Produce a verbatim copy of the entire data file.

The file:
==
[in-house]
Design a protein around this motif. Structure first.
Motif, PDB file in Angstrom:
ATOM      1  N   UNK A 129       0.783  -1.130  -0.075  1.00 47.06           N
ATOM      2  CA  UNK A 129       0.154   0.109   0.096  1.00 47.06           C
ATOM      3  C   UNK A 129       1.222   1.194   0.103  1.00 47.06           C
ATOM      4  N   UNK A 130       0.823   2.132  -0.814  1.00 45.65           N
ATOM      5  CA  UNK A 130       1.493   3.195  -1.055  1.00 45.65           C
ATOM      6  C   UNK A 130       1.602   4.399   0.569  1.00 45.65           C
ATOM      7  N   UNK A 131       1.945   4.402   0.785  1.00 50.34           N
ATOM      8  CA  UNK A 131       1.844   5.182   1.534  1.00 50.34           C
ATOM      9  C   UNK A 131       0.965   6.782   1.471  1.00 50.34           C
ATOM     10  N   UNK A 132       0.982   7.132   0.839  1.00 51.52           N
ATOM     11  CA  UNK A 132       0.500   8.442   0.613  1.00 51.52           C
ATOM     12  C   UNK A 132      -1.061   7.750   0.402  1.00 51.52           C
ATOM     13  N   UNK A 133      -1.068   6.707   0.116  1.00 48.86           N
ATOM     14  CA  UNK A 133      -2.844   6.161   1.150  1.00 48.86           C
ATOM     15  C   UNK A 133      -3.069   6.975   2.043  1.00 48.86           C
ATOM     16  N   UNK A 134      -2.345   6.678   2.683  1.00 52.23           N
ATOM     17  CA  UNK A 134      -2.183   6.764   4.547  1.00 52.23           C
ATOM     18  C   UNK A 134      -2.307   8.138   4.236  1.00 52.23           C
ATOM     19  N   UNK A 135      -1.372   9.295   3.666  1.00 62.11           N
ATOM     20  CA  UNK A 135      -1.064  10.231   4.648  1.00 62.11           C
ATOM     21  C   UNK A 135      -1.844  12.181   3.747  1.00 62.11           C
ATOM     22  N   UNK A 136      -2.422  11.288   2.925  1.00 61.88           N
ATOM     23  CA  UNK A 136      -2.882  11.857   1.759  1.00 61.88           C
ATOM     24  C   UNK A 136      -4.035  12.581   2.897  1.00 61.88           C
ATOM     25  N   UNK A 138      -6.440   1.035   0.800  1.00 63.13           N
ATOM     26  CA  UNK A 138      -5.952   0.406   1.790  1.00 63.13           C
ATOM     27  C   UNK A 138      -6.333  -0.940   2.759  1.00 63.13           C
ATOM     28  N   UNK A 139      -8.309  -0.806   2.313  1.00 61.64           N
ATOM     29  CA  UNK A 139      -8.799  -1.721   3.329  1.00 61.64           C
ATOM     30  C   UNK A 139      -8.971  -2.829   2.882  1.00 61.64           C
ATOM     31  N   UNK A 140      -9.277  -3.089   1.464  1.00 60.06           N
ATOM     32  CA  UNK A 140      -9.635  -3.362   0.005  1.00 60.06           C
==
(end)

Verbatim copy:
[in-house]
Design a protein around this motif. Structure first.
Motif, PDB file in Angstrom:
ATOM      1  N   UNK A 129       0.783  -1.130  -0.075  1.00 47.06           N
ATOM      2  CA  UNK A 129       0.154   0.109   0.096  1.00 47.06           C
ATOM      3  C   UNK A 129       1.222   1.194   0.103  1.00 47.06           C
ATOM      4  N   UNK A 130       0.823   2.132  -0.814  1.00 45.65           N
ATOM      5  CA  UNK A 130       1.493   3.195  -1.055  1.00 45.65           C
ATOM      6  C   UNK A 130       1.602   4.399   0.569  1.00 45.65           C
ATOM      7  N   UNK A 131       1.945   4.402   0.785  1.00 50.34           N
ATOM      8  CA  UNK A 131       1.844   5.182   1.534  1.00 50.34           C
ATOM      9  C   UNK A 131       0.965   6.782   1.471  1.00 50.34           C
ATOM     10  N   UNK A 132       0.982   7.132   0.839  1.00 51.52           N
ATOM     11  CA  UNK A 132       0.500   8.442   0.613  1.00 51.52           C
ATOM     12  C   UNK A 132      -1.061   7.750   0.402  1.00 51.52           C
ATOM     13  N   UNK A 133      -1.068   6.707   0.116  1.00 48.86           N
ATOM     14  CA  UNK A 133      -2.844   6.161   1.150  1.00 48.86           C
ATOM     15  C   UNK A 133      -3.069   6.975   2.043  1.00 48.86           C
ATOM     16  N   UNK A 134      -2.345   6.678   2.683  1.00 52.23           N
ATOM     17  CA  UNK A 134      -2.183   6.764   4.547  1.00 52.23           C
ATOM     18  C   UNK A 134      -2.307   8.138   4.236  1.00 52.23           C
ATOM     19  N   UNK A 135      -1.372   9.295   3.666  1.00 62.11           N
ATOM     20  CA  UNK A 135      -1.064  10.231   4.648  1.00 62.11           C
ATOM     21  C   UNK A 135      -1.844  12.181   3.747  1.00 62.11           C
ATOM     22  N   UNK A 136      -2.422  11.288   2.925  1.00 61.88           N
ATOM     23  CA  UNK A 136      -2.882  11.857   1.759  1.00 61.88           C
ATOM     24  C   UNK A 136      -4.035  12.581   2.897  1.00 61.88           C
ATOM     25  N   UNK A 138      -6.440   1.035   0.800  1.00 63.13           N
ATOM     26  CA  UNK A 138      -5.952   0.406   1.790  1.00 63.13           C
ATOM     27  C   UNK A 138      -6.333  -0.940   2.759  1.00 63.13           C
ATOM     28  N   UNK A 139      -8.309  -0.806   2.313  1.00 61.64           N
ATOM     29  CA  UNK A 139      -8.799  -1.721   3.329  1.00 61.64           C
ATOM     30  C   UNK A 139      -8.971  -2.829   2.882  1.00 61.64           C
ATOM     31  N   UNK A 140      -9.277  -3.089   1.464  1.00 60.06           N
ATOM     32  CA  UNK A 140      -9.635  -3.362   0.005  1.00 60.06           C